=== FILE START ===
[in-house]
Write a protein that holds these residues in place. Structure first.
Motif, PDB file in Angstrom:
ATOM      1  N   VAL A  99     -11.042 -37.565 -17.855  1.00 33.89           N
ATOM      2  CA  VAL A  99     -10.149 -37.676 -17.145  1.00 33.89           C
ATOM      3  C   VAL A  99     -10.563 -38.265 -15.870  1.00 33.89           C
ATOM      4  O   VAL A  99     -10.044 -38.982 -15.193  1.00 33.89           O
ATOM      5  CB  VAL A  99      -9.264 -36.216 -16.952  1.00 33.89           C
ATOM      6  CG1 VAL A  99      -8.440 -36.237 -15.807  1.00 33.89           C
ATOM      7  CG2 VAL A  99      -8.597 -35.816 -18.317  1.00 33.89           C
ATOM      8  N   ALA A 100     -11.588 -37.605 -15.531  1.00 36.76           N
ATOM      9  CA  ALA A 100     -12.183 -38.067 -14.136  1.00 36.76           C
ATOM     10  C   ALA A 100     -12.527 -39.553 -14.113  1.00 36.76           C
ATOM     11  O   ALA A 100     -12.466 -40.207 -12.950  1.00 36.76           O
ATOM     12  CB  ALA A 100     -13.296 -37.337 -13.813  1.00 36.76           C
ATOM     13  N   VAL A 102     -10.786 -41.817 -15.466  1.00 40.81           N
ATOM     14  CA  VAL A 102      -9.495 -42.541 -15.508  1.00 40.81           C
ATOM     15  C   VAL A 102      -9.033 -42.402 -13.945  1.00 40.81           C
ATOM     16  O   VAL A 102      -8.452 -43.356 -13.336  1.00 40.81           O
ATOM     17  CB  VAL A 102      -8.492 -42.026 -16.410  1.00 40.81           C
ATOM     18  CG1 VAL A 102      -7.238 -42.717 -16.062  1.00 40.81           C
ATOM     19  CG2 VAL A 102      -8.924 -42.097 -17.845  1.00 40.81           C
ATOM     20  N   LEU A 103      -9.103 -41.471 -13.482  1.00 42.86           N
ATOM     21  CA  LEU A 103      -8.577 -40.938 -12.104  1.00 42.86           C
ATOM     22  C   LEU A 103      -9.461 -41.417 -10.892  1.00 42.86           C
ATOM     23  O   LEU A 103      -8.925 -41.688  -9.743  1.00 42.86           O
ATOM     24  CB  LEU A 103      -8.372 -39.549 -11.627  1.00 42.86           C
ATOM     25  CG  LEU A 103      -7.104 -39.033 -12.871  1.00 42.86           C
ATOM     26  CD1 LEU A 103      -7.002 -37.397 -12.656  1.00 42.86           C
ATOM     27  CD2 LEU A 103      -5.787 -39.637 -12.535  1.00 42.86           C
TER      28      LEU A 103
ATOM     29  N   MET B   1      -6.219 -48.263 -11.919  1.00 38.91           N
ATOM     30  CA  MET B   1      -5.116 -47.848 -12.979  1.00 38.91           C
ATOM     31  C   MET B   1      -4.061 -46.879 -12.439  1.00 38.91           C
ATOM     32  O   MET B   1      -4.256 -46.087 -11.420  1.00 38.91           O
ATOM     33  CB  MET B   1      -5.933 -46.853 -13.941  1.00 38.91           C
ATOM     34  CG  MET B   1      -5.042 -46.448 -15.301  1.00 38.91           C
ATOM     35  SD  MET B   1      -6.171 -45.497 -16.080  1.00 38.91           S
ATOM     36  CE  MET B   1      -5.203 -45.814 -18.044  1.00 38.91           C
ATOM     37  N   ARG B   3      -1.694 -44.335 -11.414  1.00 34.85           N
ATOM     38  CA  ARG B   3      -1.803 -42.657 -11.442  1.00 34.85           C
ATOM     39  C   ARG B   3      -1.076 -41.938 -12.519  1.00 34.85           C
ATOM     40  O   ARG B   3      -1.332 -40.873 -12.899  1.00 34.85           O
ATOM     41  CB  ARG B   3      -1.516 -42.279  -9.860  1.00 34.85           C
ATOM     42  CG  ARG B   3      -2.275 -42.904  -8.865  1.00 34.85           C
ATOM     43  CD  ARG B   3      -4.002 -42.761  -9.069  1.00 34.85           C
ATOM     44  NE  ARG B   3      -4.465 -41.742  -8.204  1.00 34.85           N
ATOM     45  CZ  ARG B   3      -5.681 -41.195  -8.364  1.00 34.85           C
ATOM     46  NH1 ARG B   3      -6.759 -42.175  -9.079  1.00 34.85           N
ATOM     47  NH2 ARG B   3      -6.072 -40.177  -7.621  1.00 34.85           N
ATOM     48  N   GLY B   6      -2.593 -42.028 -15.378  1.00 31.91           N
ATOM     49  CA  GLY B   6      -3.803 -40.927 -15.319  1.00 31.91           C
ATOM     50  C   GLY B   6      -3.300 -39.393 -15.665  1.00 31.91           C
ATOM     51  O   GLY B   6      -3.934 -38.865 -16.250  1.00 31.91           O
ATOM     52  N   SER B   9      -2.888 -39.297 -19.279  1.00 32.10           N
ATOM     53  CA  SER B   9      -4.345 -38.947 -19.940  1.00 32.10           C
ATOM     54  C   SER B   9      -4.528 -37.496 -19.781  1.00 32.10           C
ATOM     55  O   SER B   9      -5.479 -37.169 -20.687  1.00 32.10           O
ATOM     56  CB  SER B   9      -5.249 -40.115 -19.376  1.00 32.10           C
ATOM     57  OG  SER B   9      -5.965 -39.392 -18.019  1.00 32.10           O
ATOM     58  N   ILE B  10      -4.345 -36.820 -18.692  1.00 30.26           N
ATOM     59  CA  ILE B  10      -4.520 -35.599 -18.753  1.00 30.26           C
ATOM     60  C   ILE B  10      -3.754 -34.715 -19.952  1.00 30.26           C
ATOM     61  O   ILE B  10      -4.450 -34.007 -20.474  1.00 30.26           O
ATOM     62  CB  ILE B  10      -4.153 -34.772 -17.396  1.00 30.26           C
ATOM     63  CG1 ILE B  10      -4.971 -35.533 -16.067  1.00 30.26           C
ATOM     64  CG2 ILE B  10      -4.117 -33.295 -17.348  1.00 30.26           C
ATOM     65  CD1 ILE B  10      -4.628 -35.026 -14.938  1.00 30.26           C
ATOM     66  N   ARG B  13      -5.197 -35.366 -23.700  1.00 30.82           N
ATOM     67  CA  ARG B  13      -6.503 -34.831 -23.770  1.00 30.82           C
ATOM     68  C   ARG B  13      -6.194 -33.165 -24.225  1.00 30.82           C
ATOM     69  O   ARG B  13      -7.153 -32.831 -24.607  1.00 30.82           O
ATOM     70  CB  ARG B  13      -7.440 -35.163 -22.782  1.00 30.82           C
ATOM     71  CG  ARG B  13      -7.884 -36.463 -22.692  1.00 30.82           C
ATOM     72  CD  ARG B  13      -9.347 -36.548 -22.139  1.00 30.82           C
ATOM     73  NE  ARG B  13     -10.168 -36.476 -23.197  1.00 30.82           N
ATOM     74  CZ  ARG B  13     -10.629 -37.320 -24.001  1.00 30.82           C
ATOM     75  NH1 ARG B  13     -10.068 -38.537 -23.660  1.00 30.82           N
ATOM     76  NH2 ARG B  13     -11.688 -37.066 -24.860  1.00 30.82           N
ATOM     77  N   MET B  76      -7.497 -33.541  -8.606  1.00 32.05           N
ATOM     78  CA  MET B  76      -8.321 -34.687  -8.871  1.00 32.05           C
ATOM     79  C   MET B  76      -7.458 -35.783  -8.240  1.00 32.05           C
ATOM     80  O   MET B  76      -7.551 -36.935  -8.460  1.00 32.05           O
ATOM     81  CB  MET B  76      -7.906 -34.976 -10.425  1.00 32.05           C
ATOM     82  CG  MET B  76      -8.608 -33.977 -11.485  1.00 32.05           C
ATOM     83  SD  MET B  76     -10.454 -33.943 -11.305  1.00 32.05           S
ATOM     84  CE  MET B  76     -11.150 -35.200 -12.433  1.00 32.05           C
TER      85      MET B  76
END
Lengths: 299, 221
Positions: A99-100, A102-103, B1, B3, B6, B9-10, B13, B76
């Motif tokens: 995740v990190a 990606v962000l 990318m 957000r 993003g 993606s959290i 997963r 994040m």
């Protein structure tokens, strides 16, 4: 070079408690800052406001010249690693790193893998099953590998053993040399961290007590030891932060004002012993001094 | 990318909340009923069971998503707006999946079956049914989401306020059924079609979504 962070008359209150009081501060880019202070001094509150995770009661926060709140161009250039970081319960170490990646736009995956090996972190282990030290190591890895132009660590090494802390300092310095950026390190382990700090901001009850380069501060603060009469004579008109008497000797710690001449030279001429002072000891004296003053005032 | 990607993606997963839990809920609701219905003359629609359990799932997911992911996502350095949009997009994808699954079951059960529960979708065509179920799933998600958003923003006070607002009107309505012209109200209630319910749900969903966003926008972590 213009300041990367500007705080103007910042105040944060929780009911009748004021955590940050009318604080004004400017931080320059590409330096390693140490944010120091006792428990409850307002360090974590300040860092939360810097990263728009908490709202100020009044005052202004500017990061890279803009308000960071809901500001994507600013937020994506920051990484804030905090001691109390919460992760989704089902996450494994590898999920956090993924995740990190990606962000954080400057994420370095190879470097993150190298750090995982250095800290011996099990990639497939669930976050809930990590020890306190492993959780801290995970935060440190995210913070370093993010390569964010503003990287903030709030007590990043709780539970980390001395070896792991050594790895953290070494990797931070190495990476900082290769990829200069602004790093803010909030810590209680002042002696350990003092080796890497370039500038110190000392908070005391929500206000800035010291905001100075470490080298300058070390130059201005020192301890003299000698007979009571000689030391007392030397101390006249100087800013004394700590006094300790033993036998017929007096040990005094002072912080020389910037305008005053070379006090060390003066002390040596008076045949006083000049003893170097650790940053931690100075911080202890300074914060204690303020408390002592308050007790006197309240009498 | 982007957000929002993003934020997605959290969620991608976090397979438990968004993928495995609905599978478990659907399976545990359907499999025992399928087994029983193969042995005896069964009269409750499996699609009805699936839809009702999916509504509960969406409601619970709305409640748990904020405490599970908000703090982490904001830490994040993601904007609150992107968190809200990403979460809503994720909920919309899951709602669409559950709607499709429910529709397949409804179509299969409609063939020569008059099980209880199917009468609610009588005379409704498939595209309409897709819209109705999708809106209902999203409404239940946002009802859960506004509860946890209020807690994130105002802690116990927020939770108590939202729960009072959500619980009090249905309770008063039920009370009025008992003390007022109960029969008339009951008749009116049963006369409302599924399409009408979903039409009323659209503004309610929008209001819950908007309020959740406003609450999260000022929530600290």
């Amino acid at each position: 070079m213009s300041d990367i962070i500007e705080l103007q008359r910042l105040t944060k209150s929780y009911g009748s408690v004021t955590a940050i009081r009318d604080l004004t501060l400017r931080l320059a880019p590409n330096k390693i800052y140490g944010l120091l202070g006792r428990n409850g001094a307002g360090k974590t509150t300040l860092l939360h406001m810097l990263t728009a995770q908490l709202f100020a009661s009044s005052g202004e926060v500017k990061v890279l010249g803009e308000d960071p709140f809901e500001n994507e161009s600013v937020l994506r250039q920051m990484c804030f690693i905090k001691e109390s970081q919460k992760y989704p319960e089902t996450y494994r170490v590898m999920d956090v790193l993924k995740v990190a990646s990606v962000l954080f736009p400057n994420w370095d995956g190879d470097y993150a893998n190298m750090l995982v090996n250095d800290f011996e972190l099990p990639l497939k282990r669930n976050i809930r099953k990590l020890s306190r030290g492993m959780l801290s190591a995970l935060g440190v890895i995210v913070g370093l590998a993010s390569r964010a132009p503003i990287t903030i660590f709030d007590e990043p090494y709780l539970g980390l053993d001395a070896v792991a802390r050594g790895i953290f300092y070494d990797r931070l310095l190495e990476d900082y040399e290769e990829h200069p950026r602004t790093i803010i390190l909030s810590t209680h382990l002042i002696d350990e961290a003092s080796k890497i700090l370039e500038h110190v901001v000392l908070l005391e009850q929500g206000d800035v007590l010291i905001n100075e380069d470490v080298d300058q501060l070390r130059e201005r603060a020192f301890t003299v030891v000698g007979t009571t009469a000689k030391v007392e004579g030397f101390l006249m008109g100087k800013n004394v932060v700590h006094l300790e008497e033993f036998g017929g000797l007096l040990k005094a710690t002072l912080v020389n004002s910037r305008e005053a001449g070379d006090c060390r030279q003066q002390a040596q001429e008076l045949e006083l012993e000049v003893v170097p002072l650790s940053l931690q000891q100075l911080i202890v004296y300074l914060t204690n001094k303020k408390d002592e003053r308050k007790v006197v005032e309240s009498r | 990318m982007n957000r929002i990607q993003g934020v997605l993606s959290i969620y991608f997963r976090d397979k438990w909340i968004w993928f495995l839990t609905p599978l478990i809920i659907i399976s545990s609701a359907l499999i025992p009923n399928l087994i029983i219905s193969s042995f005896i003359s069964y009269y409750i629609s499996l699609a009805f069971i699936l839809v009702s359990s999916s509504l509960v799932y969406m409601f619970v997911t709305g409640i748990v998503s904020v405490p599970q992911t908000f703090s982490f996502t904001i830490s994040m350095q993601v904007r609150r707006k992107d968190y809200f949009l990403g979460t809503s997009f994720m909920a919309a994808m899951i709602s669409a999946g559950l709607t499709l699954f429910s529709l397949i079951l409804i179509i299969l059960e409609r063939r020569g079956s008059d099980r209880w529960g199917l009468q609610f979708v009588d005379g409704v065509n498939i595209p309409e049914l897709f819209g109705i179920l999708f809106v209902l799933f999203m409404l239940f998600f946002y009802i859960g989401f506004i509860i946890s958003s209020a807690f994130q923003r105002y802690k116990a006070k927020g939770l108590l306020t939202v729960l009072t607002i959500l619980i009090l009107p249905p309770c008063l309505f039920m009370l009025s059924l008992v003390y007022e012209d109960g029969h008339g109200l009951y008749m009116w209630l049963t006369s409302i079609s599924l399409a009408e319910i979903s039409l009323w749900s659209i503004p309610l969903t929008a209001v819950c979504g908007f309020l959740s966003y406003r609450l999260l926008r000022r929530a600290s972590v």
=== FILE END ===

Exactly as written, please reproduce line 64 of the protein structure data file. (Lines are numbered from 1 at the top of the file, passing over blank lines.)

ATOM     61  O   ILE B  10      -4.450 -34.007 -20.474  1.00 30.26           O